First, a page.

Page:Popular Science Monthly Volume 48.djvu/840

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reticulatum), which, the natives consider sacred to Pele, the goddess who is supposed to preside over the famous crater of Kilauea; and which, together with white pigs and chickens, are thrown by them into the boiling red lake during an eruption, to appease the wrath of the aggressive dame, and thus cause the rivers of lava to cease flowing on their destructive course.

These berries grow in clusters on low bushes right on the very brink of the brimstone beds, and are so numerous that a bushel may be easily gathered in half an hour. In appearance they somewhat resemble a cranberry, and the flavor is pleasantly suggestive of grapes.

Space forbids more than passing mention of many other fruit trees of the tropics—such as the avocado, or alligator pear, tasting like our ordinary salad; the curious pineapple, with its cactuslike leaves; the mandarin orange, glowing brightly against its deep-green foliage; the cherimoya, or custard apple; the lime, the lemon, and the Japanese loquat—though they are all of great beauty and extended usefulness.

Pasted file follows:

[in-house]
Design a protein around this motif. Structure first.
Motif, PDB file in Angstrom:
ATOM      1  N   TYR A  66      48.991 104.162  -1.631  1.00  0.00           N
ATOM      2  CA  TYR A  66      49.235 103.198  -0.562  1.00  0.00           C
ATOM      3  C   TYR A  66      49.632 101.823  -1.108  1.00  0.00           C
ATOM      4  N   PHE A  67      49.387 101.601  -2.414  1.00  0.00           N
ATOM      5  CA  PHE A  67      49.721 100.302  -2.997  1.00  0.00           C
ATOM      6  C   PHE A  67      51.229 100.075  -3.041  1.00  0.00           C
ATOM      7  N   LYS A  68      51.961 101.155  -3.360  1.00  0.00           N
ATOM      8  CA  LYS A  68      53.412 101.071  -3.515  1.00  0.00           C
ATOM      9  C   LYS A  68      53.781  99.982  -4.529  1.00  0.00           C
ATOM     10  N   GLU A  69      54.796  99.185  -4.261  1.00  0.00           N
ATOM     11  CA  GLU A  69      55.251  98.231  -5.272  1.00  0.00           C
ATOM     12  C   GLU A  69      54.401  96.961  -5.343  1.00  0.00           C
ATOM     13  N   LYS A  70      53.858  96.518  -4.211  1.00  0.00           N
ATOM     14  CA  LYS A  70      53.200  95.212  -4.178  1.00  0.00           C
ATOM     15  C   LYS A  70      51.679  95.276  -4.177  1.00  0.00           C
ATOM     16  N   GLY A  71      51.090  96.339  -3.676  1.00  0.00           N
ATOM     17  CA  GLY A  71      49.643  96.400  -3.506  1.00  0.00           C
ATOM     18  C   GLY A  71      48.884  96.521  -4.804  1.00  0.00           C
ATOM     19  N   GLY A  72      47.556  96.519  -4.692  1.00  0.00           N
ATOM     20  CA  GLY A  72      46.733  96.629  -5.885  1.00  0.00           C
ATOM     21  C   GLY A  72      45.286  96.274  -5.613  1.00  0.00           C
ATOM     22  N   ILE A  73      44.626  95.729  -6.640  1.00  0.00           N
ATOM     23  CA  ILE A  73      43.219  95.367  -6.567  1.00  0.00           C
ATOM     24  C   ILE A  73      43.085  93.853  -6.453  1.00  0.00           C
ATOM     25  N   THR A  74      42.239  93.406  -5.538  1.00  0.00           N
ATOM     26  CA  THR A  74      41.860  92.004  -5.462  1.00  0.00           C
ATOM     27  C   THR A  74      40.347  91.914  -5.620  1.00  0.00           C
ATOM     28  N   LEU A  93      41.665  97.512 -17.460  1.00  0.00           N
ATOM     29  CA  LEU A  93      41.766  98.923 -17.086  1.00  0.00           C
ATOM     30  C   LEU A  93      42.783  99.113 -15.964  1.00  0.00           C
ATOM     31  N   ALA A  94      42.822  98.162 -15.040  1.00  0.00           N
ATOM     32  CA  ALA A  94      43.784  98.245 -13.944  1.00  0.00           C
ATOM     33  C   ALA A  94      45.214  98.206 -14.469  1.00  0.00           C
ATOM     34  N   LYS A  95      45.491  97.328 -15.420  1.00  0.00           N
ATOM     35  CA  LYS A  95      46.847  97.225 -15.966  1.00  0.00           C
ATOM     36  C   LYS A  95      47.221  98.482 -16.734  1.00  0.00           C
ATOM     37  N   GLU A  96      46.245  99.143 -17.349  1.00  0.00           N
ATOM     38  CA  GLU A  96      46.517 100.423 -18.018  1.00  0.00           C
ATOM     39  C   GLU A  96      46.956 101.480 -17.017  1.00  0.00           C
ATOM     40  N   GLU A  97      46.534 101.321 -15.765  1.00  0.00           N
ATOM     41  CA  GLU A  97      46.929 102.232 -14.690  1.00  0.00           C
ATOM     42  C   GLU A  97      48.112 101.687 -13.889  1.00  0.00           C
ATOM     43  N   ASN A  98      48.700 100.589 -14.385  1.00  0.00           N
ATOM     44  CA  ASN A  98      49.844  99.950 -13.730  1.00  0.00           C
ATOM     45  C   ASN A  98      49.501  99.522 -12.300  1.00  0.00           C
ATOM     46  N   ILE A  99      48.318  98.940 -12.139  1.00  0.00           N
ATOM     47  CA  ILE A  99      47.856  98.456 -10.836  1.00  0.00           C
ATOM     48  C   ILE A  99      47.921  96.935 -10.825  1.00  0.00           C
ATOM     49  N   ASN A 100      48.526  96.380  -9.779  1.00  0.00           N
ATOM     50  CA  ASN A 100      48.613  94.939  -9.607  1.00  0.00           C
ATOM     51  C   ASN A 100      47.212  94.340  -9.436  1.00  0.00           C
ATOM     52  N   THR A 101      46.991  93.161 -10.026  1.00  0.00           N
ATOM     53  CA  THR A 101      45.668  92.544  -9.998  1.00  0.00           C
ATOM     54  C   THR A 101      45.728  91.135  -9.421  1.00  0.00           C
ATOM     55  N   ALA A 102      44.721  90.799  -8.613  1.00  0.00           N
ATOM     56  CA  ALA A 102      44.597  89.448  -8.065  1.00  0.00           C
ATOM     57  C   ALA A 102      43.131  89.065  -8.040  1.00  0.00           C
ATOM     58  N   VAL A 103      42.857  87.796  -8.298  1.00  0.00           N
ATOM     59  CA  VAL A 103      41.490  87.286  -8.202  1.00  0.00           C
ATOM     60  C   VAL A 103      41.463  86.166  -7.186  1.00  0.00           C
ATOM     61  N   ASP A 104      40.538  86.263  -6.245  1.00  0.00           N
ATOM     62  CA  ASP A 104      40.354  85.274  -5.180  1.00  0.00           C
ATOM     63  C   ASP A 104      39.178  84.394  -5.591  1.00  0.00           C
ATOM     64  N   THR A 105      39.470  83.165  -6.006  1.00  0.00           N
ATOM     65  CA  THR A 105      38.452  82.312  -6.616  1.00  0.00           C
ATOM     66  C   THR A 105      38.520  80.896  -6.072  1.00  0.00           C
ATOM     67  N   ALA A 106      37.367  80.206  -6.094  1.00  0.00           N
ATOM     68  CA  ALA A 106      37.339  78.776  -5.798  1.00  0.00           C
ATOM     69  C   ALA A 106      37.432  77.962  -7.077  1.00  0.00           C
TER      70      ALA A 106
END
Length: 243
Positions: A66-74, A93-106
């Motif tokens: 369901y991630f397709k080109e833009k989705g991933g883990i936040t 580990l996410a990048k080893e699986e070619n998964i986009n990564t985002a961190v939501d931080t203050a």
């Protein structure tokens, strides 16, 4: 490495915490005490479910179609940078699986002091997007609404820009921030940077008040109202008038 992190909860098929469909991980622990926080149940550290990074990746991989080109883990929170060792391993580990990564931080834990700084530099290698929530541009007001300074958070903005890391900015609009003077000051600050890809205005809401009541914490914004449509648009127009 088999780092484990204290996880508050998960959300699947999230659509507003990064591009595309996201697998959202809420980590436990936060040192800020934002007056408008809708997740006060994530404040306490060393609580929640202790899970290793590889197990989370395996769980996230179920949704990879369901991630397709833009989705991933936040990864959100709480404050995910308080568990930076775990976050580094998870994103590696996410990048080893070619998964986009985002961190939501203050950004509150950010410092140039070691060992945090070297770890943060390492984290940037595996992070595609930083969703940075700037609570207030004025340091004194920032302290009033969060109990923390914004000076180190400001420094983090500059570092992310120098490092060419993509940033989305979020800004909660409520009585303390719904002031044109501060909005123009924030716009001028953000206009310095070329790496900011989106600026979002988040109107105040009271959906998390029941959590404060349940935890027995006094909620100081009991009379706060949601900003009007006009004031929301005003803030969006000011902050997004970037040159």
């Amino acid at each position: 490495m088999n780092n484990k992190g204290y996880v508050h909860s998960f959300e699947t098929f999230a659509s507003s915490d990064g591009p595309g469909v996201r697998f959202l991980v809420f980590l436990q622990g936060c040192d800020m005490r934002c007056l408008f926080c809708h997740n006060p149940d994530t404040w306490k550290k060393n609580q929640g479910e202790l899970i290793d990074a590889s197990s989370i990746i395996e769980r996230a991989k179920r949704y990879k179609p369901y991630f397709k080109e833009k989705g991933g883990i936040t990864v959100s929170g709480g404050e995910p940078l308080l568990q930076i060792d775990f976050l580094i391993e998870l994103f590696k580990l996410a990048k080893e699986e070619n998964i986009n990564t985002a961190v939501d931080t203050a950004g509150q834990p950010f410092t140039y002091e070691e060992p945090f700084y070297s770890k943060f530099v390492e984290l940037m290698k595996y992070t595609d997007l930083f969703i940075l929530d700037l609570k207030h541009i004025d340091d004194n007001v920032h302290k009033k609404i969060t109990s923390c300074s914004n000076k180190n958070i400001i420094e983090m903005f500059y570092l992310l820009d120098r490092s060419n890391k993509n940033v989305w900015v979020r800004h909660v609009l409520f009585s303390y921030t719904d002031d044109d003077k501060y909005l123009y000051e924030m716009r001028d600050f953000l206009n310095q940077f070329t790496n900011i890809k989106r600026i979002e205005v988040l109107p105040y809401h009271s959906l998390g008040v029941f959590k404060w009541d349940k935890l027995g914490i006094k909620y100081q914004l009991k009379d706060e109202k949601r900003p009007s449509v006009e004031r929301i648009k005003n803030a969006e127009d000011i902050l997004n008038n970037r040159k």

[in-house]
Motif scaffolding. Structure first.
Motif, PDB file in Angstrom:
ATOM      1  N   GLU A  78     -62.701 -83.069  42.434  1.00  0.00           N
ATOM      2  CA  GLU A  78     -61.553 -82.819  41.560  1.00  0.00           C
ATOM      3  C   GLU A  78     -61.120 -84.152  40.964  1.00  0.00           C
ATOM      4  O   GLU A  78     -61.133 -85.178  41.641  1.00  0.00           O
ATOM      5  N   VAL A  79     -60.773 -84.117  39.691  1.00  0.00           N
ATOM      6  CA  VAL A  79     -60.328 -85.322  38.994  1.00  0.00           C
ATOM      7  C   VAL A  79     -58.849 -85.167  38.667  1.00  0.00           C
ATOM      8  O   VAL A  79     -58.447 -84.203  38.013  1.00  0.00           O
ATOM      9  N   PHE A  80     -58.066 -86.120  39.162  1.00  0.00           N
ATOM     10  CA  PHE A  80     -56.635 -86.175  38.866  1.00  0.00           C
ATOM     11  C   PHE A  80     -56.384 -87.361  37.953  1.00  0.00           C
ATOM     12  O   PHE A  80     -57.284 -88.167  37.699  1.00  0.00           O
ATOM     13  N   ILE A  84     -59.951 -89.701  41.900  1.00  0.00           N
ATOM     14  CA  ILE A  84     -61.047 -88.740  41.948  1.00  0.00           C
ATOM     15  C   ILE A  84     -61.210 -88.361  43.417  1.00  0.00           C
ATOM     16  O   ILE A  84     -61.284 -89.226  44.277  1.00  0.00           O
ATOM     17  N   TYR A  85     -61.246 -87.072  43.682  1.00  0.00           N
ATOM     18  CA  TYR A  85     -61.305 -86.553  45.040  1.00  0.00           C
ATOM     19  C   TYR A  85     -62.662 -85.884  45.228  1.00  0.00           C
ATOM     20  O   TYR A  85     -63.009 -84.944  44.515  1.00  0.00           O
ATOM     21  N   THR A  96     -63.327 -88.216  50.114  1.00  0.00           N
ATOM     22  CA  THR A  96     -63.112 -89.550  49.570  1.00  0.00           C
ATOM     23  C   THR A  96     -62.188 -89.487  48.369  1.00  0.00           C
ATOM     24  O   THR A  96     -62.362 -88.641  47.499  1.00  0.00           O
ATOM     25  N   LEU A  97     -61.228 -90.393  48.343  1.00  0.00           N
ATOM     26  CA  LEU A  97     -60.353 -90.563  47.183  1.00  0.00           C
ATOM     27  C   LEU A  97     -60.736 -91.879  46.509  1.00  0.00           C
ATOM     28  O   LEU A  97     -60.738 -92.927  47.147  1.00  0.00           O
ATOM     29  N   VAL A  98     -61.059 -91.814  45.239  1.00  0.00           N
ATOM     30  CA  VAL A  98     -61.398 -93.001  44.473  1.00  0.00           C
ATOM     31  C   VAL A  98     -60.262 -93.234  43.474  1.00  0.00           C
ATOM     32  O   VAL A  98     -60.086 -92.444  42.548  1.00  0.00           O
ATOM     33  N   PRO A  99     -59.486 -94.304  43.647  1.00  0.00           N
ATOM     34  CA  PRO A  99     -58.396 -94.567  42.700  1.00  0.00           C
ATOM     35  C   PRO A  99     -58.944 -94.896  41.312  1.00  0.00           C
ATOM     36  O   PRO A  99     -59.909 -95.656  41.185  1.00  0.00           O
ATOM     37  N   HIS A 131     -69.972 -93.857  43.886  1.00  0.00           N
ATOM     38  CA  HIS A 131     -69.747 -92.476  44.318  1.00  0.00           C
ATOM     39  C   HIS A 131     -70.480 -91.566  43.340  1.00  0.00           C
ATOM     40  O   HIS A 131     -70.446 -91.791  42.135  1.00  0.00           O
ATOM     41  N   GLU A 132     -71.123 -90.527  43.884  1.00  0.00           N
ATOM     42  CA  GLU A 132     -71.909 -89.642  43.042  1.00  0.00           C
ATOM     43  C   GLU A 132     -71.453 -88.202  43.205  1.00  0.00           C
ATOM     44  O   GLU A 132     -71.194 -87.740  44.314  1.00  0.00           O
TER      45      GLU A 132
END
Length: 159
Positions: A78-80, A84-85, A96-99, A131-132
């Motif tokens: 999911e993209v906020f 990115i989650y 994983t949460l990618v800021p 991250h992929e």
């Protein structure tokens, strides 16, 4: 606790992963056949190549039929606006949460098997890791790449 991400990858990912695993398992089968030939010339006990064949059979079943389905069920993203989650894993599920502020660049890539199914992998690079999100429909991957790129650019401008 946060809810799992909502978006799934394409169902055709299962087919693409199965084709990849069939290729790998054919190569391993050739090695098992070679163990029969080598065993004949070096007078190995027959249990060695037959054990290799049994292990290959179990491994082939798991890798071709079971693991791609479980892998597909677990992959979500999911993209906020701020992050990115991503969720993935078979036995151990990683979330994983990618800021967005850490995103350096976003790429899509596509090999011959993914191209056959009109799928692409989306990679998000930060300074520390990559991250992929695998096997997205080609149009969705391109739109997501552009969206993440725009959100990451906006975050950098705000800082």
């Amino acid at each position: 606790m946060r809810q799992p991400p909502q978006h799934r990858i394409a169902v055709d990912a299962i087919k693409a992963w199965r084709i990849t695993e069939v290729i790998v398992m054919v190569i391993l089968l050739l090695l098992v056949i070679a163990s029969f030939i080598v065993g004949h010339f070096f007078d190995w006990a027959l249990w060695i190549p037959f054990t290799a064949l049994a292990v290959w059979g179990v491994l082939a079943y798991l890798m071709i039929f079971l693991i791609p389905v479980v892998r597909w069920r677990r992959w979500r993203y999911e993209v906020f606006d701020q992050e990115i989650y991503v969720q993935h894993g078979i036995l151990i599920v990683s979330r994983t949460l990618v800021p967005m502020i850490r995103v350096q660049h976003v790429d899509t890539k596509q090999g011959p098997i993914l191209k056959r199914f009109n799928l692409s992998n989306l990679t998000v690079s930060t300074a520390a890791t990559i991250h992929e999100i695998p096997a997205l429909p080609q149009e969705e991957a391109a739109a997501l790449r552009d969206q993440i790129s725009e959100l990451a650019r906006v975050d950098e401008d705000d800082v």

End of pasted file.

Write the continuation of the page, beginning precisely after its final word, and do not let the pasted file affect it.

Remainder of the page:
THE events of the last few months in the field of international politics, though they have been of a sufficiently disquieting character, have served at the same time to reveal the profound antagonism between the idea of war and the developed moral consciousness of the age. Rumors of war have filled the air, and, in more than one highly civilized community, popular passions have been roused to a dangerous pitch; yet, in spite of the raging of demagogues and the angry acclaims of the populace, war has not broken out. The sky has been black with thunder clouds, but the storm has not burst. To say that war between civilized nations is henceforth impossible would be to speak with singular rashness, in view of the vast and ever-increasing preparations for war which the most civilized nations have, during the last ten or twenty years, been engaged in making, and in view also of the waves of warlike sentiment which have lately swept over communities that might be supposed to be by instinct and principle most inclined to peace. At the same time it is impossible for those who abhor the thought of war not to derive hope and comfort from the fact that it seems almost impossible even now to bring the dread result about. Jingoes and other light-hearted and lightheaded persons may talk as they like; the moral difficulties to-day in the way of a war between any two very advanced countries are